Lean says: Manage Flow
Your brain says: My work isn’t linear. My day is filled with interruptions and so I don’t have the “luxury” of flow.
What’s at play here: Functional Fixedness.
If there is one area where there’s not an obvious transfer of Lean principles from manufacturing to knowledge work, it’s understanding how flow can in fact be achieved when work is creative and contextual rather than isolated and prefigured.
On the factory floor, workers create a fairly static set of tangible products in a predictable way, while constantly aiming to reduce variation to produce uniform output.
In the office, whether their work products are largely inventive (e.g. software development) or relatively standardized (responding to a customer service call, for instance), knowledge work is fraught with variation.
Myriad people, products, projects, processes, experience levels, and information sources (both tacit and explicit), coupled with the requests for clarity and / or adjustment these constituencies make can combine and compete to create a sometimes bewildering if not cacophonous work environment.
Confusing and noisy – yes. Wasteful? Probably not. Quite the contrary, in fact.
In knowledge work, value is created through often unplanned human interaction. Water cooler conversations, instant message exchanges, seemingly interminable and ostensibly “useless” meetings, and serendipity combine to create customer value. Indeed, oftentimes customers themselves end up contributing to this continuous conversation.
Office workers usually have multiple projects with their own constituencies, deliverables, and anomalies. This creates a “noisy” interdependent environment with a very different relationship to variation than the one that exists on the shop floor. When it comes to knowledge work, variation – change – is a constant. No two financial audits will occur the same way. No two court cases will require the same strategy.No two treatment plans will offer the same course of action.
Oftentimes this change is how an organization learns. In the office, learning is the driver of successful projects, myriad improvements, and satisfied stakeholders.
Because of this, knowledge workers’ value streams have a very short shelf life. This does not mean they have no value stream, nor does it mean that their value streams are an effort in futility. Rather, their value streams ebb and flow with the work itself. They will stabilize and allow for the creation of a project-specific value-stream, but one which will always require continuous adjustment and improvement.
Therefore in knowledge work, flow comes not through relentless standardization and waste reduction, but through the continuous optimization of processes with a very short shelf-life. When it comes to optimizing flow in the office, the value stream is in a perpetual state of kaizen (which will be discussed in the next section).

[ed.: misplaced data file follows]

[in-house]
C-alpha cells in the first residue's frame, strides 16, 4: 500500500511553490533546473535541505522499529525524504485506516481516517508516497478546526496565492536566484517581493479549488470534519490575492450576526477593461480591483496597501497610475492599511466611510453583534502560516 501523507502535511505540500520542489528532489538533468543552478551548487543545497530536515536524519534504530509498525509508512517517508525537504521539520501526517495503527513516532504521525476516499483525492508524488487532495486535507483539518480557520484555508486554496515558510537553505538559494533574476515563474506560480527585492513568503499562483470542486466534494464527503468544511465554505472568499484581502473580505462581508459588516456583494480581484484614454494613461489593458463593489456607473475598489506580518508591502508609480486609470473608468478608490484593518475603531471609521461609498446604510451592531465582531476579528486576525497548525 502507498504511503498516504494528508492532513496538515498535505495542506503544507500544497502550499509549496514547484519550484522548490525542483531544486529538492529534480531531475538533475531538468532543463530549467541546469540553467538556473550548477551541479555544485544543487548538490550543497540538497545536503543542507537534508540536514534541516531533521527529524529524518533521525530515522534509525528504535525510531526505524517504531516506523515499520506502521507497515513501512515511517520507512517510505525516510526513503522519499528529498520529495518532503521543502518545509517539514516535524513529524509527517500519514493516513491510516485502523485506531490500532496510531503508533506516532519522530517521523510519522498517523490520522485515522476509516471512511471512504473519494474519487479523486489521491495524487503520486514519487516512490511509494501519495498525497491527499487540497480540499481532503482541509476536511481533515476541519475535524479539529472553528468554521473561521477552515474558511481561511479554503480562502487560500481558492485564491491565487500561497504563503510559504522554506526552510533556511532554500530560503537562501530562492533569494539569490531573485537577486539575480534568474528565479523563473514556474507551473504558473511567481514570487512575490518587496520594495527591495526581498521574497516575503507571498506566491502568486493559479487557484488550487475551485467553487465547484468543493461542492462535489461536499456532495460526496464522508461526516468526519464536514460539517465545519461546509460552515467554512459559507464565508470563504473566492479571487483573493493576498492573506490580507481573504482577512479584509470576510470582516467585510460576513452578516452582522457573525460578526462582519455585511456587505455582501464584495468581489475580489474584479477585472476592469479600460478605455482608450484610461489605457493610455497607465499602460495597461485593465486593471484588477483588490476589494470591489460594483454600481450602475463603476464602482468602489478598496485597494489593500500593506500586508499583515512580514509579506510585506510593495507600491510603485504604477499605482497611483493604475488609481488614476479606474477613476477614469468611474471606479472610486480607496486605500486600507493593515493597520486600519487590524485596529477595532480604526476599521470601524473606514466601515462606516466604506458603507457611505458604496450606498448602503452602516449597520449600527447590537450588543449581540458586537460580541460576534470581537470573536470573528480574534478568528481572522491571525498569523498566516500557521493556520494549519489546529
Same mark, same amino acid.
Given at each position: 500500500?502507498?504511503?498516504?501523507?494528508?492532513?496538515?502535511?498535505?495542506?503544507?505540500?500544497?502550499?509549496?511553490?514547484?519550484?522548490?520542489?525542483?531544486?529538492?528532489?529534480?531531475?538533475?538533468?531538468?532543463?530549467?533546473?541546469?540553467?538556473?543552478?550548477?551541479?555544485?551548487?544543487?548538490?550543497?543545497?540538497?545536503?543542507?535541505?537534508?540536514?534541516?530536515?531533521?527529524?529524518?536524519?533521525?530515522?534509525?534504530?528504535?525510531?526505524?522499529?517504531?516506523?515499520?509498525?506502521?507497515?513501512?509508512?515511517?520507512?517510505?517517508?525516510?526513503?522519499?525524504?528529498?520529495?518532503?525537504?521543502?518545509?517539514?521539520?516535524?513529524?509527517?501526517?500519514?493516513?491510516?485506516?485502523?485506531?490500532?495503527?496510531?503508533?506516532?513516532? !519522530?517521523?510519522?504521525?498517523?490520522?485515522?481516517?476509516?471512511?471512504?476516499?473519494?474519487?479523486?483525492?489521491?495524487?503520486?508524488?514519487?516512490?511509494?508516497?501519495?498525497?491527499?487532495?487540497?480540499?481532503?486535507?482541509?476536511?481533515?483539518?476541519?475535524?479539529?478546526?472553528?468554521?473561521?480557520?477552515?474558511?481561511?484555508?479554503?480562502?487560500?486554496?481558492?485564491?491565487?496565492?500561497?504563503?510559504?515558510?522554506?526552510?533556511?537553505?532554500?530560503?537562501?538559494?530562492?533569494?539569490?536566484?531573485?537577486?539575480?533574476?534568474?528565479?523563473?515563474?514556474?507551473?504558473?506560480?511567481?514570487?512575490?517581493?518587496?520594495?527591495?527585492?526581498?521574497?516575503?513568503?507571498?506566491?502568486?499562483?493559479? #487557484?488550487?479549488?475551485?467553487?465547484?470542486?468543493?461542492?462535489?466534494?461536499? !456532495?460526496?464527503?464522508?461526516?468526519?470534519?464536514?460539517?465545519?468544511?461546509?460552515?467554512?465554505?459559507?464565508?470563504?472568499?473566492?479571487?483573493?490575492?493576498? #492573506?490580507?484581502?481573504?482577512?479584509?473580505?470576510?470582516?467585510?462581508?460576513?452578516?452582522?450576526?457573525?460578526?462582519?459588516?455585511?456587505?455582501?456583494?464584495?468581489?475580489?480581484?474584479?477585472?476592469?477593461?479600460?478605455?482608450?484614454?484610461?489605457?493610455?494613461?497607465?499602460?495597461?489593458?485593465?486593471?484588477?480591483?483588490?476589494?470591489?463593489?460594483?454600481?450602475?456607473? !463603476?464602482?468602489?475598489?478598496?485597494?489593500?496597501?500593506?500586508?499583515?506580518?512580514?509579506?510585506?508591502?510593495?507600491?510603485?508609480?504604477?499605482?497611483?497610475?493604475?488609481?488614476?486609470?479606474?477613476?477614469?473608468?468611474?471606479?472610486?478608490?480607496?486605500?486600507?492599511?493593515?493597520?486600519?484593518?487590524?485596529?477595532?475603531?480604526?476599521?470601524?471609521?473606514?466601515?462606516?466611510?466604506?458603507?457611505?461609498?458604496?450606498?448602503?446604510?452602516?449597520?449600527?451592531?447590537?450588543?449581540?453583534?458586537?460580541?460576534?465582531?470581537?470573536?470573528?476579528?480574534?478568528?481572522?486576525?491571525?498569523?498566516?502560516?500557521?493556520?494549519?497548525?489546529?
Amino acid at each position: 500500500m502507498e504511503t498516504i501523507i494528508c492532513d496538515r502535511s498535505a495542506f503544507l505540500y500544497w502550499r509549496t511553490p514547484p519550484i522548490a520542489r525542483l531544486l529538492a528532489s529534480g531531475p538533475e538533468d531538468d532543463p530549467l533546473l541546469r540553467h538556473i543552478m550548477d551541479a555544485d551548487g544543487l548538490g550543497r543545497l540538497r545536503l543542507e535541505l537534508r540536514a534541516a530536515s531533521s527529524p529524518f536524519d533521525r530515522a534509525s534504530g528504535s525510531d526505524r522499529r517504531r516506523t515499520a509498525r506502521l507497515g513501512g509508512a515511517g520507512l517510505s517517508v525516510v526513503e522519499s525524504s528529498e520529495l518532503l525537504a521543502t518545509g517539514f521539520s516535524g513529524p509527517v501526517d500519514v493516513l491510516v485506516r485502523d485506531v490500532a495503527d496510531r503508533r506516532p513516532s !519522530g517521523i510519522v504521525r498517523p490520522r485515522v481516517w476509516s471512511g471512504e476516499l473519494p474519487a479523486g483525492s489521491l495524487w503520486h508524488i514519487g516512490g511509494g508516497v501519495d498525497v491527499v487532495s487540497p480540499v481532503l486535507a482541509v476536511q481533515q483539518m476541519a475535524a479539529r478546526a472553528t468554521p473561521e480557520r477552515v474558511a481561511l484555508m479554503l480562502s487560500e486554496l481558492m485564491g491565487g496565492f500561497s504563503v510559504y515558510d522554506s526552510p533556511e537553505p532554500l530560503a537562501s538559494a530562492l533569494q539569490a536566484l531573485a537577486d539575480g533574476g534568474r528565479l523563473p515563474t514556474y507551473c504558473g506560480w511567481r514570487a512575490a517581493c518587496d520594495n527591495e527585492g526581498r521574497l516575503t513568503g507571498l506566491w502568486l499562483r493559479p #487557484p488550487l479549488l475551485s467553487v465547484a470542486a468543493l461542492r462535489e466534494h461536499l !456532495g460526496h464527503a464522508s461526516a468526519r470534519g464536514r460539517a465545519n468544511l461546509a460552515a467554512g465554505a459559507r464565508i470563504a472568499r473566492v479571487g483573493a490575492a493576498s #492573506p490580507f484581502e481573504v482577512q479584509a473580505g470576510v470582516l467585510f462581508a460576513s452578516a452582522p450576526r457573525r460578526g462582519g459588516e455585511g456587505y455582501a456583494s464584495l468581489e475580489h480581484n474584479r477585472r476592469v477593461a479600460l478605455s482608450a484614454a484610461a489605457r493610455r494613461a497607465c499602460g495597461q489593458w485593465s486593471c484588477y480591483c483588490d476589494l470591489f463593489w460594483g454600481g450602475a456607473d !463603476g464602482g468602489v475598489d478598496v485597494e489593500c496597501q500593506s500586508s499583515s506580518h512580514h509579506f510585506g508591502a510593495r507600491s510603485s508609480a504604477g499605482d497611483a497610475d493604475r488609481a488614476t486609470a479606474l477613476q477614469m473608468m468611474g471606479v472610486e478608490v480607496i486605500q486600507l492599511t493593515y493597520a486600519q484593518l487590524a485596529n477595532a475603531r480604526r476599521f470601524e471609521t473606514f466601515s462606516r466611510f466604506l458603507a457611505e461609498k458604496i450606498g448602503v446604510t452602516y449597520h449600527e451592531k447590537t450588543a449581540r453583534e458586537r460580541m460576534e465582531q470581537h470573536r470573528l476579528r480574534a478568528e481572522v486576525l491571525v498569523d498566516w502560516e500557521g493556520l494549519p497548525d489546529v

How to mitigate:
In the office, flow is interrupted not by communication per se, but by unnecessary communication or the interruption of focus. For a person or a team, their focus is maintained when they have a single task that they are allowed to complete unimpeded.
The issue in the office is that countless tasks are being processed simultaneously and whether they are self-imposed or external, interruptions are both frequent and inevitable. This is necessary for the organization’s learning, but it does not have to arrive chaotically. They can be batched to process similar tasks together. They can be analyzed to see where they emanate from and why. They can be scheduled. They can be be processed more thoughtfully.
Visualizing work as a team, as well as interruptions, allows team members to see when an interruption is least disruptive. Limiting WIP lowers the amount of potential interruptions (less people asking for status or seeking additional information). And techniques like working meetings and Pomodoros allow staff to sequester themselves for short periods of focus.
The overall goal to achieve flow in the office rests in creating pockets of focus to allow work to achieve completion. We do not, however, want to over-regulate work or stifle conversation because, while it is often unplanned, this type of variation is where true learning occurs.
Up next in The Lean Brain series: Push is Blind. Pull is Informed. See Beyond the Silo.
Earlier posts in this series:
Introduction: 5 Ways Our Brain Can Thwart Lean
Post 1: Value is a Conversation
Post 2: Visualization Begets Alignment
Tonianne is partner & principal consultant at Modus Cooperandi, co-author of the Shingo Research and Publication Award winning Personal Kanban: Mapping Work | Navigating Life, co-founder of Kaizen Camp™ and Modus Institute. Toni explores the relationship between performance, motivation, and neuroscience, is passionate about the roles intention, collaboration, value-creation, and happiness play in “the future of work,” and appreciative of the ways in which psychology, Lean, systems thinking, and the work of W. Edwards Deming can facilitate these ends. She enjoys Coltrane, shoots Nikon, butchers the Italian language (much to the embarrassment of her family), is a single malt enthusiast, and is head over heels in love with her adopted home, Seattle. Follow her on Twitter @Sprezzatura.